Impact of nurse practitioners growing locally
Brandi Johnson, Erin Bennett and Nat West are among a small group of people in Mississippi who fill a need in the state’s heath care system.
They are nurse practitioners, registered nurses who have completed advanced education and training in diagnosing and treating medical conditions. They can provide some of the same care provided by doctors and keep a close working relationships with doctors. They can also serve as a patient’s regular health care provider.
Although nurse practitioners have become more prominent over the past few years, they have been working in the health care field since the late ’60s. According to the American Association of Nurse practitioners, the first nurse practitioner program was begun in 1965 at the University of Colorado.
In 1967, Boston College began one of the first master’s degree programs for nurse practitioners.
The are several reasons for the upsurge in nurse practitioners, said Dr. Anne Norwood, a family nurse practitioner and professor in the school of nursing at the University of Mississippi Medical Center.
“Nurse practitioners are filling in gaps where there are not a lot of physicians, or a lot of physicians are wanting to specialize, or they have high patient loads and it’s very hard for them to see all these patients in a day, so they hire nurse practitioners to help them see patients,” she said.
“Also, in rural areas of Mississippi where the only doctor is 25 to 30 miles away, we’re filling that need in areas where physicians may not be available.”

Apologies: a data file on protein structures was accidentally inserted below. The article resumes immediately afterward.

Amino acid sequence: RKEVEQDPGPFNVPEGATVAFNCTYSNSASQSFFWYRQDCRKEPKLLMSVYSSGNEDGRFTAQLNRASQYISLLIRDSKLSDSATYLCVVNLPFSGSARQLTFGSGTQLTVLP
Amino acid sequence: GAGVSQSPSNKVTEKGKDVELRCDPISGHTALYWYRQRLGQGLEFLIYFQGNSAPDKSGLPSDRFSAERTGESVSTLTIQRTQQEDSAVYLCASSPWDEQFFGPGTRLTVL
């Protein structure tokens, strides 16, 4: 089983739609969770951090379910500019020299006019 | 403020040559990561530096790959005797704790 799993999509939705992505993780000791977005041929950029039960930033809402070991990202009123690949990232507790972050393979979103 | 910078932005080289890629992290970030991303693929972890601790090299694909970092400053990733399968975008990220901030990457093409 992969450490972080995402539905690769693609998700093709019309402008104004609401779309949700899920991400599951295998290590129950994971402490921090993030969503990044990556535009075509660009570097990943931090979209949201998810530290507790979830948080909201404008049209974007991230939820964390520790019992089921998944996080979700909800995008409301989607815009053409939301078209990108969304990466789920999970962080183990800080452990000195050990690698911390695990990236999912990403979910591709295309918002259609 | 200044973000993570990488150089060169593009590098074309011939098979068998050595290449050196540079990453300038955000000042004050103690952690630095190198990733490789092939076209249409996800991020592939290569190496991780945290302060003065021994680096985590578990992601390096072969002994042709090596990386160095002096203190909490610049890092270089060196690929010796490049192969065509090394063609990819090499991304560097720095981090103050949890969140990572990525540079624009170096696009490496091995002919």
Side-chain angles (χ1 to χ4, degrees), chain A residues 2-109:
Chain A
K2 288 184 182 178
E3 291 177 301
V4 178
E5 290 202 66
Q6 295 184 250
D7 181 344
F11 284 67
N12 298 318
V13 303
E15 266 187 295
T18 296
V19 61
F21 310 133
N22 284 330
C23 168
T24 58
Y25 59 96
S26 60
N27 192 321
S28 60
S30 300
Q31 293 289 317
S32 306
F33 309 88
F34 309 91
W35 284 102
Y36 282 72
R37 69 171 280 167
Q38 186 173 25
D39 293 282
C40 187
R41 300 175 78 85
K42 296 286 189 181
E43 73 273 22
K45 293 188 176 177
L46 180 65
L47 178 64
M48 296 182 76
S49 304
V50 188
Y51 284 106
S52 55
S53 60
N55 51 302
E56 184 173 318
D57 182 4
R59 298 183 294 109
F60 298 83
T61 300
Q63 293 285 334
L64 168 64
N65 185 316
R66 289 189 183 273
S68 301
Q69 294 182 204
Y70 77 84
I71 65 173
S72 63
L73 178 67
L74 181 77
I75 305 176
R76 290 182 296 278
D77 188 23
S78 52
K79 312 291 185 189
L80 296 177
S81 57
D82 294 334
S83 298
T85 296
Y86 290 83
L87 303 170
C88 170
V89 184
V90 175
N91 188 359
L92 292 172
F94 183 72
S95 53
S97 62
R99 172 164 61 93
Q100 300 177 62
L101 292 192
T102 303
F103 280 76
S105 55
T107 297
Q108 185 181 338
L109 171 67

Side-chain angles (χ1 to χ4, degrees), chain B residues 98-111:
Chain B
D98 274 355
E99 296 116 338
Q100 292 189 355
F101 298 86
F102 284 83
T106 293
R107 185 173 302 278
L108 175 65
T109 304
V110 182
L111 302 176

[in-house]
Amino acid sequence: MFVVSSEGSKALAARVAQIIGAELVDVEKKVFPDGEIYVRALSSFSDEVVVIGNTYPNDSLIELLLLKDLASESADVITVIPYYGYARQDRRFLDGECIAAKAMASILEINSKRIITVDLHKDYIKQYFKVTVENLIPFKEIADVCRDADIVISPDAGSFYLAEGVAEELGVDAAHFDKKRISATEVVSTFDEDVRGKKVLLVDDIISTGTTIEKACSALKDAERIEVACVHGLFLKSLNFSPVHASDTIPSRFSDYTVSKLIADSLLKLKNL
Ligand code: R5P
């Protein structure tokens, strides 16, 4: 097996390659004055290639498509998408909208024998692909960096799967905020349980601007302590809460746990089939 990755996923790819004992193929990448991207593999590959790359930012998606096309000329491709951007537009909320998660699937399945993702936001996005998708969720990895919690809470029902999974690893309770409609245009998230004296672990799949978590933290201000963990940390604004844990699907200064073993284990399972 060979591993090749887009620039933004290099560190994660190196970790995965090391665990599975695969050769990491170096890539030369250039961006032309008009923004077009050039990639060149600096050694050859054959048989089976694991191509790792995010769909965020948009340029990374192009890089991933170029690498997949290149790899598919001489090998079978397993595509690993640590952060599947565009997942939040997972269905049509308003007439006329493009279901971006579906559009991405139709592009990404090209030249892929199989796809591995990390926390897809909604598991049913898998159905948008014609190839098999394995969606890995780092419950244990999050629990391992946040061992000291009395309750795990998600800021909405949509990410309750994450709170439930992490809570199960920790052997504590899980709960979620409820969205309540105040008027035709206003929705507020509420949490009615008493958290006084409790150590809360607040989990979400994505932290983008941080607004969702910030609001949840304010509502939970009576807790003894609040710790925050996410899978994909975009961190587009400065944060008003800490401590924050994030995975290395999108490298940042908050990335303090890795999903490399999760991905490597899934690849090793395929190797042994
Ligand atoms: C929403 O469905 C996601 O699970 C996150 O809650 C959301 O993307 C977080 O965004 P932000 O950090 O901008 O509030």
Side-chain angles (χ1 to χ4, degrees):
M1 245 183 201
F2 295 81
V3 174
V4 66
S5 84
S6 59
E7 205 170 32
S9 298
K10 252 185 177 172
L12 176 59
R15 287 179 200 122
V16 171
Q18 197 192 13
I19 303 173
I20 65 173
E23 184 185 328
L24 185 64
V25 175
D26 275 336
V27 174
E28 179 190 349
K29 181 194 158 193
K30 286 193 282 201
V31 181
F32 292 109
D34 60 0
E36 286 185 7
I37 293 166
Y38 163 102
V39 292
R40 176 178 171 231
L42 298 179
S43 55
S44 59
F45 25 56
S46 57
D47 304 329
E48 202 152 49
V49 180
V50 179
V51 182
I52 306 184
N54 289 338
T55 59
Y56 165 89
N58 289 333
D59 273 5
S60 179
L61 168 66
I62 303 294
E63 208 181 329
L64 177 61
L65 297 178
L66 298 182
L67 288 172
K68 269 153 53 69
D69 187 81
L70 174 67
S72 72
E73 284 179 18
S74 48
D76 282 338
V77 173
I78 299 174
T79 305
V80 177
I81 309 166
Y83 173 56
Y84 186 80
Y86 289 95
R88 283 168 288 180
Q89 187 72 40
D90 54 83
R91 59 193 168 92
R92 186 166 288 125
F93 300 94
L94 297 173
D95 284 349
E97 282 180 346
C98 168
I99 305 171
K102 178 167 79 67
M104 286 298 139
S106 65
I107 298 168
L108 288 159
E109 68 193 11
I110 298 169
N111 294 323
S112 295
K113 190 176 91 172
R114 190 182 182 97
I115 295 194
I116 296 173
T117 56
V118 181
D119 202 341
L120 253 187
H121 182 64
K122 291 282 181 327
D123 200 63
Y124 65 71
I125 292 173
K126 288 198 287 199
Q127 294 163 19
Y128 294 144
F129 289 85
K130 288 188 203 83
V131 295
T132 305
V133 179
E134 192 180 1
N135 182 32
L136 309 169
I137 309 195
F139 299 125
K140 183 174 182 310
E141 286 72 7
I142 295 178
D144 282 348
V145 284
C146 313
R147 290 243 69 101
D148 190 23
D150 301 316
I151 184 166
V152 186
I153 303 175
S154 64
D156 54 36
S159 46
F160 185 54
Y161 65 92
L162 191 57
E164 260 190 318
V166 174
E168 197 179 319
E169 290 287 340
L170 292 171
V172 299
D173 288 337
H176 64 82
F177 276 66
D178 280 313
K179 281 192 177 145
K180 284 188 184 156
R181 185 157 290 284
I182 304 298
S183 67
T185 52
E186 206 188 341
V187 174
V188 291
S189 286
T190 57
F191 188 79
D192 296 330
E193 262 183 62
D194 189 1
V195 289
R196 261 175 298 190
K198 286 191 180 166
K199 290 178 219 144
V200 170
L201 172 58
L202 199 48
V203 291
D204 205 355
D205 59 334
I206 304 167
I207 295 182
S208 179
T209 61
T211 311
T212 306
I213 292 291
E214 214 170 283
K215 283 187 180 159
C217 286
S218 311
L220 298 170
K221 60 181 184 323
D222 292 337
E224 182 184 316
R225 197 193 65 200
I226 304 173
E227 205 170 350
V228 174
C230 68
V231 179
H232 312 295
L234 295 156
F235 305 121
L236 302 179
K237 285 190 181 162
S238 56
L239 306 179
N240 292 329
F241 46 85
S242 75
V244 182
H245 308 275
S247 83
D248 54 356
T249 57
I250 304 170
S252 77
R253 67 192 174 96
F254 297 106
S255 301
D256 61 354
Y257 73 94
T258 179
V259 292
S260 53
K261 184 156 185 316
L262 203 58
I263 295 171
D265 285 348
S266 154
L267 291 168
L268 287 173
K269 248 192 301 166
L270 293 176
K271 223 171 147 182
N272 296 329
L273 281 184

Requirements to be a nurse practitioner include a bachelor’s of science in nursing, prior experience in nursing, and a master’s degree.
The master’s degree is a full-time, two-year program, Norwood said, requiring 630 clinical hours. Once a person graduates, they must complete 720 hours in a specialty in a clinic with a doctor on site before they are allowed to practice on their own.
There are also continuing education programs that must be attended to maintain certification and nurse practitioners must renew their license every two years.
“You are also required to do another 720 hours to get DEA certification to dispense controlled drugs,” said Johnson, a nurse practitioner in the emergency room at Merit Health River Region.
Nurse practitioners, Norwood said, can perform assessments, diagnose, prescribe medications, order labs and treat patients.
“We have our own scope of practice, which is under the board of nursing, and there are some things that we can and can’t do, but a lot of things doctors can do we can do as well. We’re not competition for doctors. We do play a special roll in health care provision.”
What a nurse practitioner can and can’t do, she said, depends on the scope of practice “and where you work.” And nurse practitioners work with collaborating physician they can consult about patients and procedures.
“It’s good having a physician who will back you up,” Norwood said. “All nurse practitioners have to have a collaborating physician to consult and signoff on protocols.
“We do other things besides patient care, and can connect with patients and pickup on a lot of things,” said Bennett, a nurse practitioner at River Region who works in the hospital’s pediatric clinic. “We do a lot more education and more motivation.